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100 Days of VR: Day 10 Creating An Enemy

Josh Chang


Welcome to a very special day of my 100 days of VR. Day 10! That’s right. We’re finally in the double digits!

It’s been an enjoyable experience so far working with Unity, especially now that I know a bit more about putting together a 3D game now.

We haven’t made it into the actual VR aspects of the game, but we were able to get *some* foundational skills for Unity, which I’m sure will help translate into the skills needed to create a real VR experience.

We’re starting to get the hang of what we can use in Unity to make a game. Yesterday, we created the beginning of the shooting mechanism.

Currently, whenever we hit something, we just print out what we hit. Today we’re going to go in and create an enemy player that we can shoot and make some fixes.

Updating the Shooting Code

The first thing I would like to fix is that when we shoot, we shoot at whatever our cursor is pointing at, which is kind of weird.

Looking the cursor to the middle

This can be easily fixed by adding:

Cursor.lockState = CursorLockMode.Locked;

To Start() in our PlayerShootingController script

We’ll have something like this:

void Start () {
    _camera = Camera.main;
    _particle = GetComponentInChildren<ParticleSystem>();
    Cursor.lockState = CursorLockMode.Locked;

Now when we try to play the game, our cursor will be gone. It’ll be in the middle of the screen, we just can’t see it.

Adding a Crosshair

At this point, we want some indicator to show where our “center” is.

To do this, we’re going to create an UI crosshair that we’ll put right in the middle.

In the hierarchy, add an Image which we will call Crosshair. By doing this Unity will also create a Canvas for us. We’ll call that HUD.

By default, our crosshair is already set in the middle, but it’s too big. Let’s make it smaller. In the Rect Transform, I set our image to have Width and Height 10, 10.

You should have something like this now:

Before we do anything else, we need to make sure that our mouse collider doesn’t send a raycast onto our UI elements.

In HUD, attach a Canvas Group component and from there, uncheck Interactable and Blocks Raycasts. As you might recall, the Canvas Groupcomponent will allow us to apply these 2 settings to its children without us having to manually do it ourselves.

Go ahead and play around with it. If we observe our console, whenever we fire we hit where our little “crosshair” is located at.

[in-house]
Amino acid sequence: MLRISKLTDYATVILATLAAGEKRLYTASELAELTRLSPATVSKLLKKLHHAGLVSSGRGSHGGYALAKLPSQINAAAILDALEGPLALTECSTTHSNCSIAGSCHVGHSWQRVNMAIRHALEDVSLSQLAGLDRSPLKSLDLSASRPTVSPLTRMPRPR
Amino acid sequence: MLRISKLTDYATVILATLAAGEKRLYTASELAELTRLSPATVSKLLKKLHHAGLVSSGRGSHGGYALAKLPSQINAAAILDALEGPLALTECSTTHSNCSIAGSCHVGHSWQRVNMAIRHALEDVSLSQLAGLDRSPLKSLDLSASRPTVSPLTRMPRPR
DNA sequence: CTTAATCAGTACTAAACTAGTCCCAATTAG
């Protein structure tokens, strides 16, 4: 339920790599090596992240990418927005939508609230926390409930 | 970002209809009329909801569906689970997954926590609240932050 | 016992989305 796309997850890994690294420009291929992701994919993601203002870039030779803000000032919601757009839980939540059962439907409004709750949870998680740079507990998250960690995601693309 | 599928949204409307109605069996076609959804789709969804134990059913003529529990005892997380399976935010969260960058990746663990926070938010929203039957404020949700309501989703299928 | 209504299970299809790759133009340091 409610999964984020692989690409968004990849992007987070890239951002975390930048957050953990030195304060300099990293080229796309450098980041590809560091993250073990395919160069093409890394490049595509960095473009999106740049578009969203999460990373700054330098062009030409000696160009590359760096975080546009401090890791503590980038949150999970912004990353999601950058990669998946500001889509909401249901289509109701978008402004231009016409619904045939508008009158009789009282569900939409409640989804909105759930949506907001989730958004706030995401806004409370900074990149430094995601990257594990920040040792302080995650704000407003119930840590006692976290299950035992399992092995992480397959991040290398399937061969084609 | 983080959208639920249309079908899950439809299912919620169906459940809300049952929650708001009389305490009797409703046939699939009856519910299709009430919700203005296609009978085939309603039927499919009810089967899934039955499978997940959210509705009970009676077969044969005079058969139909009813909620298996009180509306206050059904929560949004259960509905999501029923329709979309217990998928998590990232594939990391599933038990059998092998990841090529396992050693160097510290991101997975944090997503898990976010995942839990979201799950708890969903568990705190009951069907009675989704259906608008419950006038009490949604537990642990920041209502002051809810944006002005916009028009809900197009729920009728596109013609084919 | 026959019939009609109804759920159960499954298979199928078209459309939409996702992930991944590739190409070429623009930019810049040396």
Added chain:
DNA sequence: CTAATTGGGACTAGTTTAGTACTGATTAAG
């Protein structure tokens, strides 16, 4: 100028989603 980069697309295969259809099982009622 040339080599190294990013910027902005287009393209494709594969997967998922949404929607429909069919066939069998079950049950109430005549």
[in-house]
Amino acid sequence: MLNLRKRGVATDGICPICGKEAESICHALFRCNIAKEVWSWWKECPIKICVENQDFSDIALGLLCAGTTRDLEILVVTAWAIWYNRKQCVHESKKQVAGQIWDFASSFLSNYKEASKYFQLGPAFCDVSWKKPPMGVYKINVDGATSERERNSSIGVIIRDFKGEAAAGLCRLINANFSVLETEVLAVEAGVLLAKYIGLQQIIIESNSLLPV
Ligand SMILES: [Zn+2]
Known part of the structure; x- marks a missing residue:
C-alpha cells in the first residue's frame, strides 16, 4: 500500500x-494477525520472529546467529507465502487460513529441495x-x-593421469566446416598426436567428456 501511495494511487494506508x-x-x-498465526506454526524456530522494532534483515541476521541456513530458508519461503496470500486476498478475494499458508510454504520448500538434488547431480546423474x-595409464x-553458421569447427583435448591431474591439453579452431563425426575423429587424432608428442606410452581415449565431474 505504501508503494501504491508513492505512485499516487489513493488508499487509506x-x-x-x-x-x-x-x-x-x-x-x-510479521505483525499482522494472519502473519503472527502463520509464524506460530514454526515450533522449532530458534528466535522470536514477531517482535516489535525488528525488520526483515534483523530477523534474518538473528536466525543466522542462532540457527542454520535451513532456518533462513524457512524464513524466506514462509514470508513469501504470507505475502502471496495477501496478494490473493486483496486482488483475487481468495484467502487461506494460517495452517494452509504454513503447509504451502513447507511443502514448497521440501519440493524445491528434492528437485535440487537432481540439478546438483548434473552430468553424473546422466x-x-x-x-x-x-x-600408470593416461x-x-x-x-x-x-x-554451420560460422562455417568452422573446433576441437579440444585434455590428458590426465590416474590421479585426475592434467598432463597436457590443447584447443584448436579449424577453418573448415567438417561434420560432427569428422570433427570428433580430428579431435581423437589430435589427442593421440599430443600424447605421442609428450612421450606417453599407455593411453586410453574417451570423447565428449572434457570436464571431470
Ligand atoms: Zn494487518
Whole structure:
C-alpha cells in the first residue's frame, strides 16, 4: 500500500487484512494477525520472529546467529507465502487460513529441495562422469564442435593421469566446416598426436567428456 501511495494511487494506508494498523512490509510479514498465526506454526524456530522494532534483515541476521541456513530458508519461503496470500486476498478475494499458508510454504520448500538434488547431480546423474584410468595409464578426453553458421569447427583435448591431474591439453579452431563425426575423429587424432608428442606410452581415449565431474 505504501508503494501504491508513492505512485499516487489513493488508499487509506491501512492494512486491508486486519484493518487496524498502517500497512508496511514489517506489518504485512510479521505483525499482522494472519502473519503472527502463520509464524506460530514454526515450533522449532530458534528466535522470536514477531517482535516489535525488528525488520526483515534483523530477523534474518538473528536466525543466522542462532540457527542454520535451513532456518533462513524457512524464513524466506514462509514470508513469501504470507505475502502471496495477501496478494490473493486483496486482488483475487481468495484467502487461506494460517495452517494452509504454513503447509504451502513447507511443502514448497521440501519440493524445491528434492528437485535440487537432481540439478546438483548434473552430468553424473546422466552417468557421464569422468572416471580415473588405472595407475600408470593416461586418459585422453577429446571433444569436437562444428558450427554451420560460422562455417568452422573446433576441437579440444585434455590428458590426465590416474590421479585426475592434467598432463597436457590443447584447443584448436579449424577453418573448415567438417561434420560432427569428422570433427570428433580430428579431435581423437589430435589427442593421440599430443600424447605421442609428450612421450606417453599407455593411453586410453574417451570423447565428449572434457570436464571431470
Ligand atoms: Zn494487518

Creating our Enemy

So now we fixed our cursor to be the center, the next thing we need to do is to create an enemy.

We’ll improve upon this, but for now, let’s create our first enemy! A cube!

Add a Cube to your hierarchy, name it Enemy, and then drag it near our player.

Boom! First enemy!

Now currently, nothing really happens when you shoot at it, so let’s fix it by adding an enemy health script. We’ll call it EnemyHealth

Here’s what the code looks like:

using UnityEngine;
public class EnemyHealth : MonoBehaviour
    public float Health = 10;
    public void TakeDamage(float damage)
        Health -= damage;
        if (Health <= 0)

It’s relatively simple:

  1. We have our health
  2. We have a public function that we’ll call our player hits the enemy that’ll decrease the enemies HP
  3. When it reaches 0, we make our enemy disappear

Now before we update our script, let’s make some optimizations to our raycast.

Go to our Enemy game object and then set its layer to Shootable if it doesn’t exist (which it most likely doesn’t), create a new layer, call it Shootable, and then assign it to the Enemy layout.

Now let’s go back to our PlayerShootingController and grab the EnemyHealth script that we just created and make them take damage:

using UnityEngine;
public class PlayerShootingController : MonoBehaviour
    public float Range = 100;
    private Camera _camera;
    private ParticleSystem _particle;
    private LayerMask _shootableMask;
	void Start () {
		_camera = Camera.main;
	    _particle = GetComponentInChildren<ParticleSystem>();
	    Cursor.lockState = CursorLockMode.Locked;
	    _shootableMask = LayerMask.GetMask("Shootable");
	void Update () {
	    if (Input.GetMouseButton(0))
            Ray ray = _camera.ScreenPointToRay(Input.mousePosition);
            RaycastHit hit = new RaycastHit();
	        if (Physics.Raycast(ray, out hit, Range, _shootableMask))
	            print("hit " + hit.collider.gameObject);
                EnemyHealth health = hit.collider.GetComponent<EnemyHealth>();
	            if (health != null)

The changes we’ve done is very similar to what we have seen before with Survival Shooter, but here’s the addition that we added:

  1. We created our LayerMask for our Shootable layer and passed it into our Raycast function
    1. Note, I tried to use an int at first to represent our LayerMask, but for some reason, the Raycast ignored the int. From searching around online, I found that instead of using the int representation, we should just try the actual LayerMask object. When I gave that a try, it worked…. So yay?
  2. Next, when we hit an object, which at this point, can only be Enemy, we grab the EnemyHealth script that we added and then we make the enemy take 1 damage. Do this 10 times and the enemy will die.

Now with this script attached to our enemy, shoot our cube 10 times (which should happen really fast), and then BOOM, gone.


And that’s about as far as I got for Day 10! Today was a bit brief, because I didn’t get much time to work, but I think we made some good progress!

We created the basis for an enemy and added a basic crosshair UI that we can use. Tomorrow, I’m going to start looking into seeing how to add an enemy from the Unity Asset Store into the game.

Until then, I’ll see you all in day 11!

Original Day 10

Visit the 100 Days of VR main page


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